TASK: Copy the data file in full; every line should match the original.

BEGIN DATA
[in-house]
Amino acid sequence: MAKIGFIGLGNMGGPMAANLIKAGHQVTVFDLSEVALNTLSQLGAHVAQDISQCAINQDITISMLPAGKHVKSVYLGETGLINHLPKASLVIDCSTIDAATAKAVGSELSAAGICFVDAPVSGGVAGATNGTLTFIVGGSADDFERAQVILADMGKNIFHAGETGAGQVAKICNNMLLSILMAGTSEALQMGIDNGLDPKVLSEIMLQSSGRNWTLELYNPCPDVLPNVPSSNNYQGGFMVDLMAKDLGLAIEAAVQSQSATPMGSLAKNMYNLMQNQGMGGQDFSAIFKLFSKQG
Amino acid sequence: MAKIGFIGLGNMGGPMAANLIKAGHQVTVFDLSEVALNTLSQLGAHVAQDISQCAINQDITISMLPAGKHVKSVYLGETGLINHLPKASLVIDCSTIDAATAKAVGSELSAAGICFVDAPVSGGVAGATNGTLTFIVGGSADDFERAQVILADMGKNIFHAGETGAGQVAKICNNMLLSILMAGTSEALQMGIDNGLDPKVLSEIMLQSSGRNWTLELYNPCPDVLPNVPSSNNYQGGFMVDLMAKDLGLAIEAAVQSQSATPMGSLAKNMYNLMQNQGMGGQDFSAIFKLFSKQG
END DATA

[in-house]
Amino acid sequence: MAKIGFIGLGNMGGPMAANLIKAGHQVTVFDLSEVALNTLSQLGAHVAQDISQCAINQDITISMLPAGKHVKSVYLGETGLINHLPKASLVIDCSTIDAATAKAVGSELSAAGICFVDAPVSGGVAGATNGTLTFIVGGSADDFERAQVILADMGKNIFHAGETGAGQVAKICNNMLLSILMAGTSEALQMGIDNGLDPKVLSEIMLQSSGRNWTLELYNPCPDVLPNVPSSNNYQGGFMVDLMAKDLGLAIEAAVQSQSATPMGSLAKNMYNLMQNQGMGGQDFSAIFKLFSKQG
Amino acid sequence: MAKIGFIGLGNMGGPMAANLIKAGHQVTVFDLSEVALNTLSQLGAHVAQDISQCAINQDITISMLPAGKHVKSVYLGETGLINHLPKASLVIDCSTIDAATAKAVGSELSAAGICFVDAPVSGGVAGATNGTLTFIVGGSADDFERAQVILADMGKNIFHAGETGAGQVAKICNNMLLSILMAGTSEALQMGIDNGLDPKVLSEIMLQSSGRNWTLELYNPCPDVLPNVPSSNNYQGGFMVDLMAKDLGLAIEAAVQSQSATPMGSLAKNMYNLMQNQGMGGQDFSAIFKLFSKQG